We need suggestions on how to set up our racks and how to adjust our spray guns to get more uniform coverage on all four sides of the post.
Q. We are powder coating fencing components and we have trouble getting uniform film thickness. Our vertical fence posts are made of 1-inch square aluminum and range in length from 3–6 feet. We changed racks recently and the new rack holds seven parts on each side in a vertical position with a slight stagger to open up the backside of the part.
This helped a little, but we are still are finding a variance of over 2 mils from one side to the other of the fence post. Obviously, we need good coverage on all four sides of the part, so we are forced to recoat parts that do not meet our minimum film build of 2 mils and we are getting as much as 6 mils on some surfaces. We currently re-coat around 10% of our parts, and the ones we are accepting have film thickness ranging from our minimum to as much as 8 mils, if it is a recoat.
We need suggestions on how to set up our racks and how to adjust our spray guns to get more uniform coverage on all four sides of the post. H.K.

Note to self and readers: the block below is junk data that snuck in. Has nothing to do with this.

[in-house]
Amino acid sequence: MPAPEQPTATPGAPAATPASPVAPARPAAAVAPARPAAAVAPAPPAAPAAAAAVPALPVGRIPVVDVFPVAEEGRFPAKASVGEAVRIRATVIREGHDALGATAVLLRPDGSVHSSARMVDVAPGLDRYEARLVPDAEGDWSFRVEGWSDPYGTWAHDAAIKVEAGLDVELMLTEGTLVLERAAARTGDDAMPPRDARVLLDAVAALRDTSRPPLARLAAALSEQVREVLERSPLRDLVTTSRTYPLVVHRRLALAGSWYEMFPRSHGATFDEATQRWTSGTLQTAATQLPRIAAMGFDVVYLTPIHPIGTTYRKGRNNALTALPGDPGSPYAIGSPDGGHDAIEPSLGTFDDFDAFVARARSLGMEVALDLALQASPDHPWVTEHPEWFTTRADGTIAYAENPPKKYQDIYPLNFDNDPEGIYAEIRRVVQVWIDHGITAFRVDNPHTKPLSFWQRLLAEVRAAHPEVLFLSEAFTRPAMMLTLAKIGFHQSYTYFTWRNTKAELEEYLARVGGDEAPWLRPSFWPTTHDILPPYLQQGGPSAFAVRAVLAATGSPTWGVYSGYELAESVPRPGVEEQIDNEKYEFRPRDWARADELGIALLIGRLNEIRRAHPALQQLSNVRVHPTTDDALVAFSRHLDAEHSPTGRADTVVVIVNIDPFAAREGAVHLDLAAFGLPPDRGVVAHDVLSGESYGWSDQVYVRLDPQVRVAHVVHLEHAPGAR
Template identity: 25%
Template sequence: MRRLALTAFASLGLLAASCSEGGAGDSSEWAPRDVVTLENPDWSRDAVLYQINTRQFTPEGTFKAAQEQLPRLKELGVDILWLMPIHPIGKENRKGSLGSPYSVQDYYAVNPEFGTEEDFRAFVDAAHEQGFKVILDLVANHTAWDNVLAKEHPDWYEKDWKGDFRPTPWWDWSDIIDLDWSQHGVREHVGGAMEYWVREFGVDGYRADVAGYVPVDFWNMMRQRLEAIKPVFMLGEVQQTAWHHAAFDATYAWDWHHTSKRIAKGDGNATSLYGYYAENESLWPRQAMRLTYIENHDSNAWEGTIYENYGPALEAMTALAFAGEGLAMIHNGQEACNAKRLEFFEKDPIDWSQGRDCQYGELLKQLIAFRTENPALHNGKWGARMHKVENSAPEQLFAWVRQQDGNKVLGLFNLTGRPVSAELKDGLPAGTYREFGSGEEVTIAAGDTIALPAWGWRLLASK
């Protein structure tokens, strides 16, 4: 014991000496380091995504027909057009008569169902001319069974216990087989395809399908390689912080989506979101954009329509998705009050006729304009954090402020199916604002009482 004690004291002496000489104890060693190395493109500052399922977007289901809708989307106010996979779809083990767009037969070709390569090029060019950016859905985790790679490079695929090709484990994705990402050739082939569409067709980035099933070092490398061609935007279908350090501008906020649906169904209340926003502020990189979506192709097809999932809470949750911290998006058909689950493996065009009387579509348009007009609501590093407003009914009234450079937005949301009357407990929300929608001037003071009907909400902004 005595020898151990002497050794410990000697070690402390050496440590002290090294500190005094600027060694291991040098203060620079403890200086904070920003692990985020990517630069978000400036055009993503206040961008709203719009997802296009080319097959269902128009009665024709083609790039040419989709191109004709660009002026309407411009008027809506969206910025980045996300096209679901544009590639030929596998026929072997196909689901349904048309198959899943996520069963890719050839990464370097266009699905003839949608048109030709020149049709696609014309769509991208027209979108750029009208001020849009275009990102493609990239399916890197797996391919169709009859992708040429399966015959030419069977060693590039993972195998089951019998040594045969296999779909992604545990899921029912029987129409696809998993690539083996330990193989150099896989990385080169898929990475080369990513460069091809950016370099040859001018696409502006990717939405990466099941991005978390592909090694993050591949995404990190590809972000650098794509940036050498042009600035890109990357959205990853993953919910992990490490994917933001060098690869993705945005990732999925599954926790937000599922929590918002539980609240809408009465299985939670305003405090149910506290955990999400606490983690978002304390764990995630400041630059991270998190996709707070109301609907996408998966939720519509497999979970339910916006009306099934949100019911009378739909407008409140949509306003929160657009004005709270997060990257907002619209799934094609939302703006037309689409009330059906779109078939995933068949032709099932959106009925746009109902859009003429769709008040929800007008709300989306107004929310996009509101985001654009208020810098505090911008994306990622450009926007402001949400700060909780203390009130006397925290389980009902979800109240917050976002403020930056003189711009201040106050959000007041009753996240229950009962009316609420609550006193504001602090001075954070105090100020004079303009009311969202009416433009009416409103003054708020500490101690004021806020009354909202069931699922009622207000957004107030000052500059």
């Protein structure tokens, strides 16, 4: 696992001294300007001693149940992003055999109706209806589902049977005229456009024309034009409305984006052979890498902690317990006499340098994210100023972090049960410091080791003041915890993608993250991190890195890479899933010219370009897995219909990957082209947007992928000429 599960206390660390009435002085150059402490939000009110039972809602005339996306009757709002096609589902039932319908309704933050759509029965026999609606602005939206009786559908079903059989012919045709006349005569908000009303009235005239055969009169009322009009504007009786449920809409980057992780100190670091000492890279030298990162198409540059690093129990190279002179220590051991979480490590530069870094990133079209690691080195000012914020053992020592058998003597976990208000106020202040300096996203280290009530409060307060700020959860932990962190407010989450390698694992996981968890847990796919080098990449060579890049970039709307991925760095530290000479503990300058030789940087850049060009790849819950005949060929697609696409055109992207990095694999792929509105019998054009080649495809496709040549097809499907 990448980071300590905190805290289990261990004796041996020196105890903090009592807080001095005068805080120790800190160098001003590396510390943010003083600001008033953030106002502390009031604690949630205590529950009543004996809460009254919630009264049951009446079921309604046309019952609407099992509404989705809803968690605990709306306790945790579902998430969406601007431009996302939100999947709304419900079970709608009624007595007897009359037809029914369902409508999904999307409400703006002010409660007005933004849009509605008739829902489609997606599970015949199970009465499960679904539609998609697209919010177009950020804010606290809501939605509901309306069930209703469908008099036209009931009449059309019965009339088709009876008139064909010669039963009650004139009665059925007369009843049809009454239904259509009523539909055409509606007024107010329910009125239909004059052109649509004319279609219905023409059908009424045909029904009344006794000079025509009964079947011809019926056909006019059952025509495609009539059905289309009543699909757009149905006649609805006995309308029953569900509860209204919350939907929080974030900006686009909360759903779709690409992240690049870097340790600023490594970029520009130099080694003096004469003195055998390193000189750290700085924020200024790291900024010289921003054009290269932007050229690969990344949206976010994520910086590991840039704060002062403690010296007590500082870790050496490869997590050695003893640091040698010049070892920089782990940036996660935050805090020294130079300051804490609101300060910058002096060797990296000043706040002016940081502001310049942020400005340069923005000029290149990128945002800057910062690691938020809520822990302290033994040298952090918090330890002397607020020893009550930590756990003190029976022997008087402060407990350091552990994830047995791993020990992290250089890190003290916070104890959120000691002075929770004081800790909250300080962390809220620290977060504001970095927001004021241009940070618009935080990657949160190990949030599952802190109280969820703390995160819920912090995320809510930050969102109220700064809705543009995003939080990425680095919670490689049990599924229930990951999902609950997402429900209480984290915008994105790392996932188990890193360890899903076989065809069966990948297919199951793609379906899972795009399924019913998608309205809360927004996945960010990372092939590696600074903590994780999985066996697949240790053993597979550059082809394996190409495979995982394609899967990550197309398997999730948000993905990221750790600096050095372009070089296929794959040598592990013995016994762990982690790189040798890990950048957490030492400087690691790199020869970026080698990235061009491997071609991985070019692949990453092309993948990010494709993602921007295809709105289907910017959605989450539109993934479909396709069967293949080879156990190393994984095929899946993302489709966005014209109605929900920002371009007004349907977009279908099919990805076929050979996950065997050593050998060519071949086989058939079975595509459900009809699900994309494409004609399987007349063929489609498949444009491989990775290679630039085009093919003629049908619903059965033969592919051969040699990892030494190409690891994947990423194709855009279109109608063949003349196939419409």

A. The staggered position may have given you more parts per linear foot of conveyor, but it is not the best way to control film thickness.
Gun-to-target distance is a very important variable for film build control. With a staggered pattern, you have differences in the distance between the gun tip and the part that will affect film build because of the forward velocity and the electrostatic impact.
Consider a rack that holds the parts in a single file. Good profiles provide the best possible film build control. The distance between parts has to be enough to allow throw along the depth of the part but they can be close together as long as they do not touch. You may have to drop a couple of parts going to a single row, but your first pass yield will be much better and you will use a lot less powder. You can use lower overall flow rates, too, so you will use less compressed air and you will not need to replace the wear parts as often. Consistent racking in neat profiles will lead to a higher overall yield per day and a reduced cost per part.
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